This resulted in YTM’s adoption of the Public Place Network (PPN), a Calgary-based platform that enables clients to deliver and monetize video content. In addition to the technology service, there was a great value alignment with PPN as a social enterprise that offers streaming video solutions designed to redistribute economic benefits in a way that sustains content creators.
The real story of innovation, however, is in how Yukon Spin enabled YTM to reach new audiences as well as to create new partnerships and strengthen existing ones within the aviation, health, and fitness industries.
During a time when everyone was sheltering in place and unable to travel, the cycling videos bridged geographic distance and offered viewers from anywhere in the world a taste of the region. One viewer who used to live in the Yukon shared that they were using Yukon Spin as part of their physical recovery from an illness.
As a partner, Air North has been a long-time supporter of the museum mainly through advertising opportunities. They got involved in Yukon Spin by having staff join in on the rides and by promoting the videos to potential travelers. Habit Health and Wellness was a new partnership for YTM, one that developed out of the realization that transportation and movement have a strong connection with fitness. This has even led to fitness classes being held within the museum itself.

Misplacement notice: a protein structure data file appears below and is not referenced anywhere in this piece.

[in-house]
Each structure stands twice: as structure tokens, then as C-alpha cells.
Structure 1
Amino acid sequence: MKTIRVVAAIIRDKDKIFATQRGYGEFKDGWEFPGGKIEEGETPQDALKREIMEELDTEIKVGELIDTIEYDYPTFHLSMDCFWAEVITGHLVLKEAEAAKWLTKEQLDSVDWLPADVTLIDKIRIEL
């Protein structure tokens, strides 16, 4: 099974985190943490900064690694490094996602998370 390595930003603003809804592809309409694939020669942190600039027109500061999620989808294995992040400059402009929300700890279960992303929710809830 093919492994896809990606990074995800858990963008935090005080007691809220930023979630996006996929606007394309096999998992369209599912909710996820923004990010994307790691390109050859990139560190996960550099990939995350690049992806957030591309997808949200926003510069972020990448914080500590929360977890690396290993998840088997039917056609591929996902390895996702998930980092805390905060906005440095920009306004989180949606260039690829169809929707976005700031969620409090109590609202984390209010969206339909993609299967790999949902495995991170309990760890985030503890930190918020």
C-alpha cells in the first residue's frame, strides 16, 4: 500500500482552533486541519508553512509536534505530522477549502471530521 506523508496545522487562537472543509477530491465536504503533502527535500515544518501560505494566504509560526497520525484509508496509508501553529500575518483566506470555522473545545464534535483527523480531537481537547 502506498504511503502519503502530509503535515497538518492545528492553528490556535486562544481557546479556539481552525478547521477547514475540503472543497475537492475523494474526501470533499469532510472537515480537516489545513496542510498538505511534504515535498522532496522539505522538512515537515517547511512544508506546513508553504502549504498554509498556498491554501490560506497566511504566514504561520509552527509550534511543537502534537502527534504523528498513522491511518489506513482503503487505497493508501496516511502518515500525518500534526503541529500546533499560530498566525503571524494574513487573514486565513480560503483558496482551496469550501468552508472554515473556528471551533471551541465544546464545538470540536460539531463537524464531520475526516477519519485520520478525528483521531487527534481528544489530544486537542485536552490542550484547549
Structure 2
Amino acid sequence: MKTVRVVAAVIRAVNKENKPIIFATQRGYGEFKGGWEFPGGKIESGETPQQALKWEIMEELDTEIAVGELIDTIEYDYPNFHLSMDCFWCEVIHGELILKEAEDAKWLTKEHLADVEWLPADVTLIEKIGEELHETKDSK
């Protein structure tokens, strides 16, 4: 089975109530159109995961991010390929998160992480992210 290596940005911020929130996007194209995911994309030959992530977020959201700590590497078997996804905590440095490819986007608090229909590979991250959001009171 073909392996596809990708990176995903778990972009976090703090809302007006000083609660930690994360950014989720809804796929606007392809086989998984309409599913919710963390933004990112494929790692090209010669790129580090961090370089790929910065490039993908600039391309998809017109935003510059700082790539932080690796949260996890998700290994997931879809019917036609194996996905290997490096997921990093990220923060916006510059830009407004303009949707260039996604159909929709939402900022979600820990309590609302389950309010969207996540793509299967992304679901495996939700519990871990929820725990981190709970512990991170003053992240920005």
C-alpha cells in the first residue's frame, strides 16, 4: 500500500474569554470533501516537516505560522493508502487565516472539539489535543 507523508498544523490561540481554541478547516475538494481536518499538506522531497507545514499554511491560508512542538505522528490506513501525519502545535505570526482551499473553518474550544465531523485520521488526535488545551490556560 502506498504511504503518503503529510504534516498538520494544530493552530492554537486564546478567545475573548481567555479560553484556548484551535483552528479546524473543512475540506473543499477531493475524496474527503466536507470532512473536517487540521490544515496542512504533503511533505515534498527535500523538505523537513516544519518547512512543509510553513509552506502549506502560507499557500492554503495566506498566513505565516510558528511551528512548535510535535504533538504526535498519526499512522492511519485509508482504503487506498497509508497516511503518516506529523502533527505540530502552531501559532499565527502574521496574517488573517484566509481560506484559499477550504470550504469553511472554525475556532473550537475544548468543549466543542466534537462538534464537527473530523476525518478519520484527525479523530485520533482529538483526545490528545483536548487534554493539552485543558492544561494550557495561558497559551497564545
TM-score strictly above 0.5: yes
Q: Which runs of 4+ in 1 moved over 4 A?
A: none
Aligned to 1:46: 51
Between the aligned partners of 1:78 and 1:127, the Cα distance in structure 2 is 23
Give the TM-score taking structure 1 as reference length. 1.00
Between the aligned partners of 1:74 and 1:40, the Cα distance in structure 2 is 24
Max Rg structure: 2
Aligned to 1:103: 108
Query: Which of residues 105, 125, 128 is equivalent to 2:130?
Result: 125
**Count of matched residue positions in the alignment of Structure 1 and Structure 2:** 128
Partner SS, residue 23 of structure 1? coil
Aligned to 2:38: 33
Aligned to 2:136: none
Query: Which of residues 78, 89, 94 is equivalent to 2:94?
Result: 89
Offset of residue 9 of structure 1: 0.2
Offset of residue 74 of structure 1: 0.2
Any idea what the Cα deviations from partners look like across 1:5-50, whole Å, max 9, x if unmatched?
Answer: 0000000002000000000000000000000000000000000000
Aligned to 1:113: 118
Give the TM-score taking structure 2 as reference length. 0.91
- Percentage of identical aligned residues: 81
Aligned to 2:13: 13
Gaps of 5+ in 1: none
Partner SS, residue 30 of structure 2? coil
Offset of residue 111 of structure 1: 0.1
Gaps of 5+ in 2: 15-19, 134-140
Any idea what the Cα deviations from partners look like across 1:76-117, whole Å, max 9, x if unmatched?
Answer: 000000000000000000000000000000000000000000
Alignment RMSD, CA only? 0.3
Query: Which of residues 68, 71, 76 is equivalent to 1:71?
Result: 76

For the YTM board and staff, this pilot initiative contributed to a growing appreciation of digital means as a sustainable way to capture and preserve authentic stories of the region’s past, while also enabling the museum to extend its reach beyond the in-person visitors that it had traditionally served. However, further cultivating the potential that the museum has identified will require dedicated support and resources that the organization does not currently have.
The Challenge: Resources to continue to grow the pilot project
While Yukon Spin has been a tremendous success in terms of validating the concept’s business viability and tech feasibility, YTM’s current challenge is garnering the dedicated human and financial resources needed to sustain and grow the pilot in order to cultivate further opportunities.
Digital initiatives can require a separate team and infrastructure distinct from brick and mortar operations. Currently, Yukon Spin is managed by YTM’s Executive Director, who does not have the capacity needed to regularly promote the service and grow interest in it. YTM’s needs include a dedicated video producer to increase the number of videos offered (including an expansion of the content to offer museum tours in addition to cycling tours) and a dedicated marketing and communications person to cultivate new digital audiences (which will require different approaches than those used to engage in-person visitors).